‘Invest in Lake Victoria to earn $800m annually’

30Nov 2020
Marc Nkwame
The Guardian
‘Invest in Lake Victoria to earn $800m annually’

​​​​​​​MEMBERS of the East African Legislative Assembly (EALA) have called on East African Community (EAC) member states to come up with investment plans so as to earn $800 million (about 2trn/-) annually, saying this is the potential resource worth of the basin.

Regional legislators made this affirmation at the weekend, describing the lake as the largest underutilized blue economy asset “whose wealth can jointly be exploited and shared among EAC member states,” as they endorsed a vital bill aimed at the protection of the vast water body.

Rwanda member Fatuma Ndangiza told the House that Lake Victoria held the prospect of generating over US $800million to the regional economy comprising of six member states so far.

The just passed Lake Victoria Basin Commission Bill, 2019 is intended to give more autonomy to the commission in discharging its duties. The bill is set to provide more authority and powers to the LVBC which is pivoted in Kisumu, Kenya.

Kenyan member Abdulkadir Aden said that tapping the potential of the blue economy is already riding high in the regional development agenda for the EAC.

“The work of the Lake Victoria Commission should thus be handled more effectively, by exploiting existing opportunities and harnessing the fishing industry to enhance livelihoods," he urged.

The passage of the bill follows a long period of waiting starting June 2007 when the EAC Council of Ministers introduced the bill for its first reading. When it came to the second reading in February 2011, the council moved a motion to withdraw it to allow for more consultations.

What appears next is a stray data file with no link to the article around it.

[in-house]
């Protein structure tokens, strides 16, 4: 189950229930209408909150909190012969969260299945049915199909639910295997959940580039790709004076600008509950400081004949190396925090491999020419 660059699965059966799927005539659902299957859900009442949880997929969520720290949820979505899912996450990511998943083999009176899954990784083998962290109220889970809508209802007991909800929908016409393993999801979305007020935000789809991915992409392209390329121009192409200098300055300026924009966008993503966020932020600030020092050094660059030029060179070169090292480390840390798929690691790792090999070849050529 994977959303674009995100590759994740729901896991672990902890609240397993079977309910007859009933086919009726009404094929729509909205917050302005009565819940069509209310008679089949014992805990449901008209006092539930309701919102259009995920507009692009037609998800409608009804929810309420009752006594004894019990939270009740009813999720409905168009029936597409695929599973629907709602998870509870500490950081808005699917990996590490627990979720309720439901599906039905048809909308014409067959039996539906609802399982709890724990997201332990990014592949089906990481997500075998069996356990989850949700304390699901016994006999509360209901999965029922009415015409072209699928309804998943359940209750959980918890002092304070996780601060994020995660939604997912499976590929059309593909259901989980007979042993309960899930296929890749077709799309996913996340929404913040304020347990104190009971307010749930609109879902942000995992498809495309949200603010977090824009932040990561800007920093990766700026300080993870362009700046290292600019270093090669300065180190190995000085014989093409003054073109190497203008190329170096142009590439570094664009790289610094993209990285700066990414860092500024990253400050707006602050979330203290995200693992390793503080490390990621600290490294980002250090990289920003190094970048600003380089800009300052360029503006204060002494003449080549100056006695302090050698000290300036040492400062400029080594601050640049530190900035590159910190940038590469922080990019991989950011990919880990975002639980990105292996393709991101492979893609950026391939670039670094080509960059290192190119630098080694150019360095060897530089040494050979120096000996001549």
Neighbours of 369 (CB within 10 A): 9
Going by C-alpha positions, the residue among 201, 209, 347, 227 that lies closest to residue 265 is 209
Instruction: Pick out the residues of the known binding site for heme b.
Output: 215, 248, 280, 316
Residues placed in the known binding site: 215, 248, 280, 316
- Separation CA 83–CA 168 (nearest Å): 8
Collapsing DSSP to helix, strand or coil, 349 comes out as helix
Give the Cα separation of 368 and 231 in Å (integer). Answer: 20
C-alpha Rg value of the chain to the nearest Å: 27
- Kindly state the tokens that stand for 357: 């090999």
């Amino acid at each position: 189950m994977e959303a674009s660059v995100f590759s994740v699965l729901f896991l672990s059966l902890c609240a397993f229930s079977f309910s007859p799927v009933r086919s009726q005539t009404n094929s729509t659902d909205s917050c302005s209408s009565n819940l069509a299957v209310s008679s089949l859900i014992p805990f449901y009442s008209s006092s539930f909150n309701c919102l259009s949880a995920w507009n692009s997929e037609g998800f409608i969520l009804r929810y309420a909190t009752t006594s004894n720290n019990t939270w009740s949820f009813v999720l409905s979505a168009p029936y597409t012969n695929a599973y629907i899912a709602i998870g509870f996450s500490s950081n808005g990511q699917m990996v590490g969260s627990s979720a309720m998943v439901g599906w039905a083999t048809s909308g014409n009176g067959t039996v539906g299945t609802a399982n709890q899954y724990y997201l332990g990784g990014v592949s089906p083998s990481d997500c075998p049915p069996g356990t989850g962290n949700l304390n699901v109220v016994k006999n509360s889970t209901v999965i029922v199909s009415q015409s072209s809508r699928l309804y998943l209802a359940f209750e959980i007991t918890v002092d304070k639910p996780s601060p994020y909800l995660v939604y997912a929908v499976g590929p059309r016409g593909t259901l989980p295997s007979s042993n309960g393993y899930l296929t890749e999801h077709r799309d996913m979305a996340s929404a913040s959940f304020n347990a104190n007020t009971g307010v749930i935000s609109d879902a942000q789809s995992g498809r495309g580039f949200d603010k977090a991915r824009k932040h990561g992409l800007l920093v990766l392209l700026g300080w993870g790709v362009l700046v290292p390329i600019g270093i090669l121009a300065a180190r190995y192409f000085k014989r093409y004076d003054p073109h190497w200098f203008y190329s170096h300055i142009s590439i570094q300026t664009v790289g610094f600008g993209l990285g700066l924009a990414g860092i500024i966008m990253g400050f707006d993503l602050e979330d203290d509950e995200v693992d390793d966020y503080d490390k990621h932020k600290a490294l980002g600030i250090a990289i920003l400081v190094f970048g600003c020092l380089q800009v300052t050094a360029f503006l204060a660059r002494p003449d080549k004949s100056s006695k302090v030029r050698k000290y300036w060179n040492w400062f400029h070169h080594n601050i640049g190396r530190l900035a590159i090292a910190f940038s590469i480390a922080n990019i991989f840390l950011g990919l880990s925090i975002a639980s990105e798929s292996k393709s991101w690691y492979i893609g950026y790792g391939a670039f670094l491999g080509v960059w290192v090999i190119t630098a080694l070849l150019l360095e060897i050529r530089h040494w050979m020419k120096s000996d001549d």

Managing the Lake Victoria Basin is a core function in the work of the EAC Secretariat via the commission, which in the aftermath of the bill it will now be capable of mobilizing funds directly from donors for project execution.

Mapped over 60,000 square kilometers, the lake is shared by Tanzania, Uganda and Kenya, and in recent months it was reported to be experiencing an increase in commercially viable fish stocks.

Tanzania has around 49 percent of the lake surface area; Uganda 45 percent and Kenya six percent of the surface area.

The lake includes many exotic and unique fish species, like cichlids. Invasive fish such as the Nile perch introduced commercially in past decades, is believed to have driven many endemic species to virtual extinction. Read More...https://epaper.ippmedia.com